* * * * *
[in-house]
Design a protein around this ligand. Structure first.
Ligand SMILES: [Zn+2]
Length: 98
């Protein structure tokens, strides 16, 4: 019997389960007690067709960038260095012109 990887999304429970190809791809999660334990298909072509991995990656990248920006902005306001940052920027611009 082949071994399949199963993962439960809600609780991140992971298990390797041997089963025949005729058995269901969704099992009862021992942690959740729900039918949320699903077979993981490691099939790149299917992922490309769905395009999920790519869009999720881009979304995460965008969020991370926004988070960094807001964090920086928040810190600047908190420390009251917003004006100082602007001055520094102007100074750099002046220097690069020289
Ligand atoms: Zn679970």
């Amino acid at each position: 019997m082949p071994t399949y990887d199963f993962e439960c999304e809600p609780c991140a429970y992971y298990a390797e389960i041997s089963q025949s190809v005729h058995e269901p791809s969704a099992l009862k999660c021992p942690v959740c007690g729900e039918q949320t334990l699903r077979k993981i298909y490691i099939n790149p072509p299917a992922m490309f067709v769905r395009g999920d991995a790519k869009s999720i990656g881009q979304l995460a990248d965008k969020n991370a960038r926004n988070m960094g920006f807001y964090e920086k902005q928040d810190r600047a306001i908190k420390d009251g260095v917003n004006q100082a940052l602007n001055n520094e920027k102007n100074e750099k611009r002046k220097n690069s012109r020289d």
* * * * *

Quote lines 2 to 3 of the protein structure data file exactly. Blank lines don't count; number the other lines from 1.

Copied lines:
Design a protein around this ligand. Structure first.
Ligand SMILES: [Zn+2]